Aubrey Wursten writes for the Independent Women’s Forum about South Carolina’s Certificate of Need (CON) repeal and cites Palmetto Promise Institute research on the topic.
In 1987, the federal government repealed the certificate of need (CON) mandate it had enacted 13 years before. During those 13 years, any state wishing to receive subsidies, such as Medicare, was required to demand any new healthcare business to apply for a certificate of need, ostensibly to prove that it was needed in the community where it was to operate.
Unsurprisingly, 49 of the 50 states promptly enacted CON laws, with lone holdout Louisiana eventually adopting them as well.
This did not mean the businesses were proving they were qualified, safe, licensed, or even wanted, at least by the community at large. Rather, they were demonstrating to the legislature (often while their would-be competitors argued against them) that the community could not safely survive without them.
These laws, although predictably popular with existing hospitals, were controversial with other residents from the start. Yet, 36 years after the federal government repealed its law, 35 states still have CON regulations. Organizations and individuals have fought for repeal but with little success. You can’t fight City Hall, and healthcare behemoths have quite a bit of say in what happens at City Hall.
This is why, when a state like South Carolina manages to virtually eliminate its complicated CON program in a matter of months, CON opponents in other states should probably take notes from its playbook.
Bring your best research to the debate.
The Mercatus Center has put together an exhaustive body of research on CON laws from every state. South Carolina’s Palmetto Promise Institute cited this study when it was trying to repeal the South Carolina laws, and any other state can likewise use the Mercatus state-specific guides.
Most people have experienced the agony of long hospital wait times (averaging a staggering 286 minutes in Washington, D.C., according to U.S. News and World Report), but few patients complain to the receptionist about how certificate of need laws are holding up the line. Overturning a law that many people don’t know exists requires that people who are aware of it educate those who aren’t.
South Carolina advocates held town halls with think tanks and medical associations, where voters could learn more about the laws. They also spoke to political candidates, so they would be familiar with CON legislation prior to entering office.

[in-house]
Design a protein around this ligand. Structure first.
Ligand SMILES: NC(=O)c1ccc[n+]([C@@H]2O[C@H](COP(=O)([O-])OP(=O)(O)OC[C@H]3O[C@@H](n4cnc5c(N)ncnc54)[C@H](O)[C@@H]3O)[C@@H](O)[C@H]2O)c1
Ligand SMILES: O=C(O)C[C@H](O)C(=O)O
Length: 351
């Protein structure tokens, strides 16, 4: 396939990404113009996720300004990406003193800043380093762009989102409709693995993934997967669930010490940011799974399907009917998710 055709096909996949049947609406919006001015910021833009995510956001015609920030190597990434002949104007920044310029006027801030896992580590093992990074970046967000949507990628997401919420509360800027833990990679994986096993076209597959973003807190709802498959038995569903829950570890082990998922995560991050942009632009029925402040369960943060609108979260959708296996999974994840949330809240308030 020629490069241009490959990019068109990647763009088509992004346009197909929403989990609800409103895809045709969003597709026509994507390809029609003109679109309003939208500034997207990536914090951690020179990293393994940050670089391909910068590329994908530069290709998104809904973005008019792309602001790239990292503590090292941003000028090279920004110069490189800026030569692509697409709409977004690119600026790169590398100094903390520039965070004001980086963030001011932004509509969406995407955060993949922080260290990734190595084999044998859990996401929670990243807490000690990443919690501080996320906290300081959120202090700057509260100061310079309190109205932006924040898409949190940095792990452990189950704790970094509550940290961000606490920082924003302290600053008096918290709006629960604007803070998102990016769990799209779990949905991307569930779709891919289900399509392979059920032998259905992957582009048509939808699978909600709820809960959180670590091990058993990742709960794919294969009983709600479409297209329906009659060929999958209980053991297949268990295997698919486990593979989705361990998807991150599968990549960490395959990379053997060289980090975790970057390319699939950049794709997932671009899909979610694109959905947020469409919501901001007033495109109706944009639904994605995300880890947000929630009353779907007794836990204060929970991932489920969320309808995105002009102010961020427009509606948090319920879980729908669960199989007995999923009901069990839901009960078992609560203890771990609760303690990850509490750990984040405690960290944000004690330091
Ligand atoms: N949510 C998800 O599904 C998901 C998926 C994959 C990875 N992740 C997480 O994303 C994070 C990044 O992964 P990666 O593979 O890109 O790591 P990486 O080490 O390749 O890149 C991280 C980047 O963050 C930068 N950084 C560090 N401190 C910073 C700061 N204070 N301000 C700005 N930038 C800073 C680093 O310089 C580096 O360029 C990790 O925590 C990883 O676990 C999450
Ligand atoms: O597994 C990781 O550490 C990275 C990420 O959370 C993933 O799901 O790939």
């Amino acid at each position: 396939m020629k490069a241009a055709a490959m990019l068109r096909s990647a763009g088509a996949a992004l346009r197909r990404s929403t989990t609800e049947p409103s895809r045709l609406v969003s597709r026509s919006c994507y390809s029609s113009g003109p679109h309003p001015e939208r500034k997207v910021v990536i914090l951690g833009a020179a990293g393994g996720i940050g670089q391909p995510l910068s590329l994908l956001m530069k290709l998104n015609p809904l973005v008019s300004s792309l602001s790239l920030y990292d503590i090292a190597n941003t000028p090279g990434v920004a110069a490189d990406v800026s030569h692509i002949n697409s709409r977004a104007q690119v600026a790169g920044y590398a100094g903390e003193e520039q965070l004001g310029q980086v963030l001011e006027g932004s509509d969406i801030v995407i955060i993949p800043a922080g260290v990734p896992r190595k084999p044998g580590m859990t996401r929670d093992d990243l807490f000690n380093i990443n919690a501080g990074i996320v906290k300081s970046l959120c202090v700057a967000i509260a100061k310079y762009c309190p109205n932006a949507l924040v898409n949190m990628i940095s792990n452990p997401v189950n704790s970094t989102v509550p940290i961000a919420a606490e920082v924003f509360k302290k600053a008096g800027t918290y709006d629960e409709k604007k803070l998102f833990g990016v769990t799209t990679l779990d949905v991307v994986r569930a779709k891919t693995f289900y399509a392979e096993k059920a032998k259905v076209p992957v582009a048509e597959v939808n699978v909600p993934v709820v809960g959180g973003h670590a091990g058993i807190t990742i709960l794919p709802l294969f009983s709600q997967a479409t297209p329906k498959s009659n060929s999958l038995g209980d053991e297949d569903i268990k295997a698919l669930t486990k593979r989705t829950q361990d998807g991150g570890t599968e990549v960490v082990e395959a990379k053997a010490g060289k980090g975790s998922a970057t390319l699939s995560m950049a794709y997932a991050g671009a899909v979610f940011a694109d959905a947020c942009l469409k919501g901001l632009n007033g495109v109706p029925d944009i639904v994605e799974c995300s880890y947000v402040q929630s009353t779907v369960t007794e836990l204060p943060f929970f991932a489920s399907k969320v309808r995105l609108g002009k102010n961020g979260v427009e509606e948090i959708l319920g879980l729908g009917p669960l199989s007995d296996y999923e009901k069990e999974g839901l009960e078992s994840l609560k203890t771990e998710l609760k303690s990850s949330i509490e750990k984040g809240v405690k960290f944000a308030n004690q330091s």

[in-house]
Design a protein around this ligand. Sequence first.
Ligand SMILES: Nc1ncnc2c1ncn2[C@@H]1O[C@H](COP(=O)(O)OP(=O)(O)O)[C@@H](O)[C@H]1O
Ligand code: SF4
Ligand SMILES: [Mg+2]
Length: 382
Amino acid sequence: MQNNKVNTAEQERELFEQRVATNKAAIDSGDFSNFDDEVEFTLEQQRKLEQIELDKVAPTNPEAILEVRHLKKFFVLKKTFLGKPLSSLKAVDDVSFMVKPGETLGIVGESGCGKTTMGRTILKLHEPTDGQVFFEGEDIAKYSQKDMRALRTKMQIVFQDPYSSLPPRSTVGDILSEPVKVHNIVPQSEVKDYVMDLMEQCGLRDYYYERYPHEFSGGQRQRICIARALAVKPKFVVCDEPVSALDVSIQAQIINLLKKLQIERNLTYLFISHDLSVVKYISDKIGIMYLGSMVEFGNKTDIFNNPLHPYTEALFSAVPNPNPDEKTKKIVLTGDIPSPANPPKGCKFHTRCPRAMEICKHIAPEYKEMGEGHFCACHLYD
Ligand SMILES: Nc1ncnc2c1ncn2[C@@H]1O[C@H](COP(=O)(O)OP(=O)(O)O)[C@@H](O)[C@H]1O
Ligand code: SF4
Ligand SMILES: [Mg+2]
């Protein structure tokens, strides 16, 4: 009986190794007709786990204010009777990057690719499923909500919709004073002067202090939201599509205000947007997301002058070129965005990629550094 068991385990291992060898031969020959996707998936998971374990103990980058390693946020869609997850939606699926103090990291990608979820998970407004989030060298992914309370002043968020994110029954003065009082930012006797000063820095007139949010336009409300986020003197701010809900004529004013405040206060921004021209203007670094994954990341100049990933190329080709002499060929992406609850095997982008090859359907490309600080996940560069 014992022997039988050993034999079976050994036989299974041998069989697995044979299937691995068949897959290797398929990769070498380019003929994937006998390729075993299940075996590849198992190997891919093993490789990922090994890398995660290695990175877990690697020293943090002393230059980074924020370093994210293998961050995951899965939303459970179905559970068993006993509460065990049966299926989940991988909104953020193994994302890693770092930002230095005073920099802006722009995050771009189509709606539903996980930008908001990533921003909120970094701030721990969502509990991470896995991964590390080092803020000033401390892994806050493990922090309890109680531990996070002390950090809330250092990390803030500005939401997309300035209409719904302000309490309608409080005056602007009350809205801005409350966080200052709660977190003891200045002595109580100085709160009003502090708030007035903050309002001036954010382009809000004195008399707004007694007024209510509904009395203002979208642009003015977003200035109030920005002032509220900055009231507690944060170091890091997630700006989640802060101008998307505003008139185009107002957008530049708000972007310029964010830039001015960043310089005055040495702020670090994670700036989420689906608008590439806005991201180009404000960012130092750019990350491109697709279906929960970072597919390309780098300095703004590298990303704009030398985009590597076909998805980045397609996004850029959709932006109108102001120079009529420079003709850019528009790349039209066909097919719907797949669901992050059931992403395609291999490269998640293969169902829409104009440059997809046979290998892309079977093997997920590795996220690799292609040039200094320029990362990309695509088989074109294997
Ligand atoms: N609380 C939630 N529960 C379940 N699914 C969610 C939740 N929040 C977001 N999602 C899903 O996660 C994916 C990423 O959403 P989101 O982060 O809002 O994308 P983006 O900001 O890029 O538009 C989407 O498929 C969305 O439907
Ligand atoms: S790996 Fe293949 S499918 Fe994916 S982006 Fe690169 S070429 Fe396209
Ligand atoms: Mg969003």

Town halls are also where legislators have to face their constituents. Signing an email petition may be better than doing nothing, but nobody takes a form letter as seriously as an in-person visit. In a study shared with Wired, the OpenGov Foundation found that interns working for legislators often just use emails to gauge whether voters are for or against a measure. This gives voters no opportunity to really make their case or to cite personal experiences.
Make something good from a terrible situation.
Milton Friedman observed that “there is nothing so permanent as a temporary government program.” Most of the time, this presents a problem. But during the COVID-19 pandemic, the Pacific Legal Foundation noted that the disaster resulting from CON laws led 24 of the 38 CON states (including South Carolina) to temporarily suspend some of them. This gave both voters and legislators a chance to see how the system could operate in their absence and to make the temporary change permanent.
Decide if you’re willing to compromise.
Finally, CON opponents need to decide when (and if) they are willing to budge. For example, repealing a regulation may be easier if you agree to a sunset provision instead of demanding that the law be abolished tomorrow.
The South Carolina legislature agreed to sunset the laws in three years, with areas that have no current hospitals able to abolish the hospital CON rule immediately. The legislature also kept CON requirements in place for nursing homes.
Like the rest of this list, this item is best done before entering the town hall (or legislative session). CON opponents in South Carolina entered the arena prepared, and they managed to achieve a goal that many people probably thought was insurmountable.